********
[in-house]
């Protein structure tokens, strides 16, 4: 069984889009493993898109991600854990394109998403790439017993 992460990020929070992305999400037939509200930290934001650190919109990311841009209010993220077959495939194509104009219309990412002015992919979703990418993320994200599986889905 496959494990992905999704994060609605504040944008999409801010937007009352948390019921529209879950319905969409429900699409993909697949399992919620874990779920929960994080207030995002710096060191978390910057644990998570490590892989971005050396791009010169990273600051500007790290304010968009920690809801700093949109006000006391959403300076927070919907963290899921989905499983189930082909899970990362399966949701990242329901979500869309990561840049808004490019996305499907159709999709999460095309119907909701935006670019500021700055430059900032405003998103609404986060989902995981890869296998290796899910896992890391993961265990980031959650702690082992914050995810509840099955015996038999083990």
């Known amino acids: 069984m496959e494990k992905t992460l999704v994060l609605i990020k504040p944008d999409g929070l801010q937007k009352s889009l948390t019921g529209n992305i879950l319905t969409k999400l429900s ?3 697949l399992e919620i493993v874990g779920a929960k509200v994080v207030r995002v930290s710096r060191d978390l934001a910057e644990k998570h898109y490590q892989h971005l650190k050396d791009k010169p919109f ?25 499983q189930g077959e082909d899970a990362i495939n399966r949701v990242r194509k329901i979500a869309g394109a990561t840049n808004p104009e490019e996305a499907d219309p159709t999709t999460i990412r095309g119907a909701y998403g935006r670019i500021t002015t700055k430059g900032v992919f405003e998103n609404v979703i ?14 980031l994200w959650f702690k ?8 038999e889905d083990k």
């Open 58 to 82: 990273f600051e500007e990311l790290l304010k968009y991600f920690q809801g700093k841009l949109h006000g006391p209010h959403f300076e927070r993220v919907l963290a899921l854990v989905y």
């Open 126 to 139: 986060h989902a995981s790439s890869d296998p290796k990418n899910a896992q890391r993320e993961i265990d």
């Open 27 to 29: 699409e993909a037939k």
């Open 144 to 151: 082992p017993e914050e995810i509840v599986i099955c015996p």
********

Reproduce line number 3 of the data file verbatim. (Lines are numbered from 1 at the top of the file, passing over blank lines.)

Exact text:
């Known amino acids: 069984m496959e494990k992905t992460l999704v994060l609605i990020k504040p944008d999409g929070l801010q937007k009352s889009l948390t019921g529209n992305i879950l319905t969409k999400l429900s ?3 697949l399992e919620i493993v874990g779920a929960k509200v994080v207030r995002v930290s710096r060191d978390l934001a910057e644990k998570h898109y490590q892989h971005l650190k050396d791009k010169p919109f ?25 499983q189930g077959e082909d899970a990362i495939n399966r949701v990242r194509k329901i979500a869309g394109a990561t840049n808004p104009e490019e996305a499907d219309p159709t999709t999460i990412r095309g119907a909701y998403g935006r670019i500021t002015t700055k430059g900032v992919f405003e998103n609404v979703i ?14 980031l994200w959650f702690k ?8 038999e889905d083990k």